19. The Conspirator

"One bullet killed our beloved president. One bullet, but not one man!" says Chief Prosecutor Joseph Holt (Danny Huston) in a dramatic courtroom scene from "The Conspirator" (2010). Robert Redford's period drama explores a little-known chapter of American history: the trial of Mary Surratt (Robin Wright) in the aftermath of Abraham Lincoln's assassination. Mary's son John was one of the conspirators behind Lincoln's death, and because Mary owned the boarding house where John and his accomplices gathered, she was charged with being a conspirator as well.

In "The Conspirator," Lawyer Frederick Aiken (James McAvoy) doesn't want to defend Surratt in court, as she is a proud Southerner and he was injured fighting for the Union in the Civil War. But after meeting Mary and her daughter Anna (Evan Rachel Wood), he becomes convinced of her innocence and fears that the U.S. government is holding Mary as revenge against her son for eluding capture.

It isn't often that a movie based on true events has a red-carpet screening at the scene of the crime, but "The Conspirator" was shown at Ford's Theater in Washington, D.C., the site of Lincoln's assassination. A bold choice, but one that reflects the overall staginess of a well-acted, but sometimes stodgy film. "The Conspirator" is a perfect movie for high school history teachers to show their students, and sometimes that's enough.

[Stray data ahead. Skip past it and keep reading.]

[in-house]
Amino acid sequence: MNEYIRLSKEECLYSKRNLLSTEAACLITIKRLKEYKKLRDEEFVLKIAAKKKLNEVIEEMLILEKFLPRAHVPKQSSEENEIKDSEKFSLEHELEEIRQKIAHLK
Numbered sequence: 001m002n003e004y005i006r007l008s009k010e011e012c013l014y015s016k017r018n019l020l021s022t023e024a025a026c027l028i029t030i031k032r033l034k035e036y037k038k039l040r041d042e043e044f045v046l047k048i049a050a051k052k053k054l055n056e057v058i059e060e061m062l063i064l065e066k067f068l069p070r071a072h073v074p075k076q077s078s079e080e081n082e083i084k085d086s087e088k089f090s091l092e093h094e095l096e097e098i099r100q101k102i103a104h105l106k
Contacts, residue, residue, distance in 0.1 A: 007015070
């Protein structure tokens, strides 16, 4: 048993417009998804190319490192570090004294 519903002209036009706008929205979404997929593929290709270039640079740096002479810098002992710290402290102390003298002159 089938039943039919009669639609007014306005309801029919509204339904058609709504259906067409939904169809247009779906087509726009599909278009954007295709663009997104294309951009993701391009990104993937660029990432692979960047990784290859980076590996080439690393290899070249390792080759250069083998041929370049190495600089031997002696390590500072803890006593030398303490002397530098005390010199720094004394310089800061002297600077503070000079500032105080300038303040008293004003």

18. Becoming Jane

"Becoming Jane" (2007) joyfully mixes fact and fiction to tell the story of Jane Austen (Anne Hathaway) and her brief love affair with Irish lawyer Tom Lefroy (James McAvoy). Set before she writes her beloved novels "Pride and Prejudice" and "Sense and Sensibility," Jane is a young woman living in the country avoiding her mother's efforts to find her a husband. Her life is upended by the arrival of Lefroy, a roguish lawyer from London, and in true romance novel fashion, sparks fly.

The chemistry between Hathaway and McAvoy carries this light but bittersweet film, particularly in a dance sequence full of romantic tension and smoldering glances. Idyllic scenery and beautifully detailed costumes add to the film's elegance; watching it is like having tea on a lovely Sunday morning. Dedicated Austen fans may object to "Becoming Jane" favoring a fictionalized love story over her literary achievements. Still, the film makes an argument for Lefroy inspiring Mr. Darcy, the romantic hero of "Pride and Prejudice."

17. Wimbledon

They don't make rom-coms like "Wimbledon" (2004) anymore. A gentler take on "A Star Is Born," "Wimbledon" stars Paul Bettany as Peter, an aging British tennis pro who never quite lived up to his potential on the court. Peter intends to retire after the upcoming Wimbledon tournament, but an unexpected romance with vivacious rising star Lizzie (Kirsten Dunst) reignites his love for the sport. However, Lizzie's father (Sam Neill) sees Peter as a distraction that could ruin her career.

In one of his early supporting roles before breaking out as a leading man, James McAvoy delivers comic relief as Carl, Peter's cyclist brother who bets against his games. ("If he loses, I get rich. And if he wins, I get laid.") "Wimbledon" is as pleasant and uneventful as a warm bath, and Bettany and Dunst are charming as two pretty, blond people who fall in love. It doesn't break the mold, but in an era where mainstream, theatrically released rom-coms are an endangered species, "Wimbledon" becomes something special.